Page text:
If on the other hand we were to go with our ‘innate wisdom’ rather than ‘the automatic reflex to escape’ then we wouldn’t be drawing the endless horrors of neurotic torment upon ourselves. Innate wisdom doesn’t do this kind of thing – only unconsciousness does! If we were to be aware of what we are doing when we try to exit a painful mental state then we wouldn’t invest in the project so much, we wouldn’t place so much hope in it. We’d still be caught up in the reflex (because that’s the nature of reflexes) but the difference would be that we wouldn’t be ‘buying into it’ so much. What helps us, therefore (really helps us that is, rather than just ‘pretending to help us’) is to stay conscious of what’s going on – staying conscious of what’s going on simply means is that we don’t ‘hand over’ our awareness to the mechanical reflex. We don’t give away our responsibility to ‘the machine of avoidance’ which is our fear-driven thinking.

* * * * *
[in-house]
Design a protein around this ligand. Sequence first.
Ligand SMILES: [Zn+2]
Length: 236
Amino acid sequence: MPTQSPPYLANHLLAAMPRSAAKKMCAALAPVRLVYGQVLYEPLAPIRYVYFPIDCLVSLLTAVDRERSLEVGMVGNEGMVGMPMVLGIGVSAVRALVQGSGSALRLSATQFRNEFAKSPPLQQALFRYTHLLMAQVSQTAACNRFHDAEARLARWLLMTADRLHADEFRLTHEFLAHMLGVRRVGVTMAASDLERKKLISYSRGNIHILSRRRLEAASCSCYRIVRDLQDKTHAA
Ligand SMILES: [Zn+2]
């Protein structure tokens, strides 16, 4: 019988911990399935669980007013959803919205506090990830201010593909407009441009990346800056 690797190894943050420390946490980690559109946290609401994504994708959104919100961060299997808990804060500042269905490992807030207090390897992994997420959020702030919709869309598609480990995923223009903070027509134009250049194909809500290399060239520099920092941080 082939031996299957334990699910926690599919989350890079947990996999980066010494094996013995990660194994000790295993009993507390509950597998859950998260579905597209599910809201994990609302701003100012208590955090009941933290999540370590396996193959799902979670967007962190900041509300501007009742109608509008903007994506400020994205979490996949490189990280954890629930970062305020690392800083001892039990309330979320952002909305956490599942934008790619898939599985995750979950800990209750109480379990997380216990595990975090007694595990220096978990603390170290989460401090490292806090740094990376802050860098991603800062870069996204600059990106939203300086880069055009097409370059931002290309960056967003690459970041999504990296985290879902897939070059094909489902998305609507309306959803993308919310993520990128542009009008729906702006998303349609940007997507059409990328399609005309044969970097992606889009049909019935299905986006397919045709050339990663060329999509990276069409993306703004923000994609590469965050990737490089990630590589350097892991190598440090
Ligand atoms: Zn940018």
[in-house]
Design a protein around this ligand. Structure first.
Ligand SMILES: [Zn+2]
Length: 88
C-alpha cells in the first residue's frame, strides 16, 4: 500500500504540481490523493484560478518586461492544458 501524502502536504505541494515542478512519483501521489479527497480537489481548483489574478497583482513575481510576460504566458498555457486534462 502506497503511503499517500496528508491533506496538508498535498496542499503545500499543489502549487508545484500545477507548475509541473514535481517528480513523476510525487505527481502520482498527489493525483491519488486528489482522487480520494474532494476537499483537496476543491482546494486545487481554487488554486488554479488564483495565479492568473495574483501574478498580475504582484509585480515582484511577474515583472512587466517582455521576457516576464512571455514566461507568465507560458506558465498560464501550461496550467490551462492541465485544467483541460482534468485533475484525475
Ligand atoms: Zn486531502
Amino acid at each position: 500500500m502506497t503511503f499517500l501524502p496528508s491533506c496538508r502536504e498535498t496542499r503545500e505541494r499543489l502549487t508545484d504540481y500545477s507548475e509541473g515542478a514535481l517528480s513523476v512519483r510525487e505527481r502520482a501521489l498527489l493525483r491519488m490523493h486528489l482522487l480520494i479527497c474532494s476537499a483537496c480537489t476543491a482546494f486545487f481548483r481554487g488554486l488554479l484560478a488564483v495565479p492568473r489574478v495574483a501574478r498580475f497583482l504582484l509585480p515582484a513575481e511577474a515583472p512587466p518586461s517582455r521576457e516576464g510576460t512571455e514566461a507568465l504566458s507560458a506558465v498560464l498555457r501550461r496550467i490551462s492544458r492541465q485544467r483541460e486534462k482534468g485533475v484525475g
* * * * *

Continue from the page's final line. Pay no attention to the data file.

As we have said, it is fear that causes us to buy into the comforting lie that ‘the automatic escape reflex will help us’ – we’re actually believing something that is clearly dumb, clearly nonsensical but our fear pushes us into believing it because there is comfort there. Believing the comforting lie is the ‘easy option’. What helps therefore is to notice ourselves doing this – we pay gentle non-judgemental attention to ourselves ‘buying into the lie’ and as a result of this gentle non-judgemental awareness we see that the lie is a lie. And once we see that the lie is a lie then we can’t buy into it any more – not to the extent that we once did anyway. We will continue to have the tendency to go with the reflex, and ‘hope that it will save us’, but alongside this habitual / mechanical side of our nature there will be something else, something new in the mix – there will be the ally of our own ‘innate wisdom’, which fear was previously causing us to ignore…